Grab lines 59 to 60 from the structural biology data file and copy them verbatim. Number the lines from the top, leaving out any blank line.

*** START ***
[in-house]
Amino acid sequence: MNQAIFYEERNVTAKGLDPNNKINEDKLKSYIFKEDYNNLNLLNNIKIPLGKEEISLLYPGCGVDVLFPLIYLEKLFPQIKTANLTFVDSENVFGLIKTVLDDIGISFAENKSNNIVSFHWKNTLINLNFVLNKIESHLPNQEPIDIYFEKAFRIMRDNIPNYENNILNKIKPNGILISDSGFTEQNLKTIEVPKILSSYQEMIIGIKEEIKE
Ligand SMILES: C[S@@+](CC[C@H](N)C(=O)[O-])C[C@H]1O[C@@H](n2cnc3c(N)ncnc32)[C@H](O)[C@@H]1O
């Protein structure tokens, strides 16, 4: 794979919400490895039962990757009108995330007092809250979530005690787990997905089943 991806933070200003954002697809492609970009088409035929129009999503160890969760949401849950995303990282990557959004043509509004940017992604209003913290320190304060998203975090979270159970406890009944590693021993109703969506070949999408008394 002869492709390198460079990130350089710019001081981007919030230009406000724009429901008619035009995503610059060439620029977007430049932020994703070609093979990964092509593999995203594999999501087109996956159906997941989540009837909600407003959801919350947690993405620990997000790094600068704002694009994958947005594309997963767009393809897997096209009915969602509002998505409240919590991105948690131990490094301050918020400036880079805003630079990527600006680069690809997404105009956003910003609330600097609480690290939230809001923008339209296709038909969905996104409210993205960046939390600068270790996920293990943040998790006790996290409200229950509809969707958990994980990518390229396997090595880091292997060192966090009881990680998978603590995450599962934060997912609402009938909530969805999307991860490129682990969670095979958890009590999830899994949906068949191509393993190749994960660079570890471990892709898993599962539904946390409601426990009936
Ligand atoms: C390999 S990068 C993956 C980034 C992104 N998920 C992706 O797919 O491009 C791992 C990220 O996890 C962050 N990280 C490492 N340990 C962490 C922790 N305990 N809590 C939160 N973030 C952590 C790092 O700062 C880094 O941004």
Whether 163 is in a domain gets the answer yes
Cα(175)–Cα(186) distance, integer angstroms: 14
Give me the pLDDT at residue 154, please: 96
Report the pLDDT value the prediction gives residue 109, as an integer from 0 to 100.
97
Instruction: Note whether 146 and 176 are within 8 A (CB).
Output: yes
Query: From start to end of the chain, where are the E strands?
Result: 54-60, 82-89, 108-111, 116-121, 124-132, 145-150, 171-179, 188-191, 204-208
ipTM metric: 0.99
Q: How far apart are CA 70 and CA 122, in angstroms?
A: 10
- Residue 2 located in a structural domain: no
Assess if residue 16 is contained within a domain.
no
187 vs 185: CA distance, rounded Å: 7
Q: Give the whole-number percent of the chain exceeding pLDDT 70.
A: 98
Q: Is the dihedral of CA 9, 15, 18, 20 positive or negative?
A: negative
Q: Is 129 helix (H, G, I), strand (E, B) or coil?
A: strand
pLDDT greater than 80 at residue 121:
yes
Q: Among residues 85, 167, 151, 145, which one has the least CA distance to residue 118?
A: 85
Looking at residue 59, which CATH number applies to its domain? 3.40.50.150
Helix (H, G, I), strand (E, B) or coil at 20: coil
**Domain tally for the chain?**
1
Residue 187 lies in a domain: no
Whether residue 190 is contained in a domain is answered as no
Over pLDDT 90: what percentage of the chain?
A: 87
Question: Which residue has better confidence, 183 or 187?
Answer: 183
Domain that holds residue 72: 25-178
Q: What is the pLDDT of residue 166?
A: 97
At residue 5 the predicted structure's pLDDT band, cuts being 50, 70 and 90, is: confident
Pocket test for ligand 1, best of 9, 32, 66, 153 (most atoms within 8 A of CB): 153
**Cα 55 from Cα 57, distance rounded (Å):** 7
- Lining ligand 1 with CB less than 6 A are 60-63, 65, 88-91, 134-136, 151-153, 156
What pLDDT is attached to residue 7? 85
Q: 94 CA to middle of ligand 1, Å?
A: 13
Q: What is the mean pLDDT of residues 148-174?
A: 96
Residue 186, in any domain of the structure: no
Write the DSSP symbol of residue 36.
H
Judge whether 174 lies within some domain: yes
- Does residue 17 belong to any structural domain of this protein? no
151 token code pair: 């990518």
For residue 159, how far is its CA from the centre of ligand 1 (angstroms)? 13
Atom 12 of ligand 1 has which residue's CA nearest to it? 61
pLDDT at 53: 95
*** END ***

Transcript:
151 token code pair: 């990518």
For residue 159, how far is its CA from the centre of ligand 1 (angstroms)? 13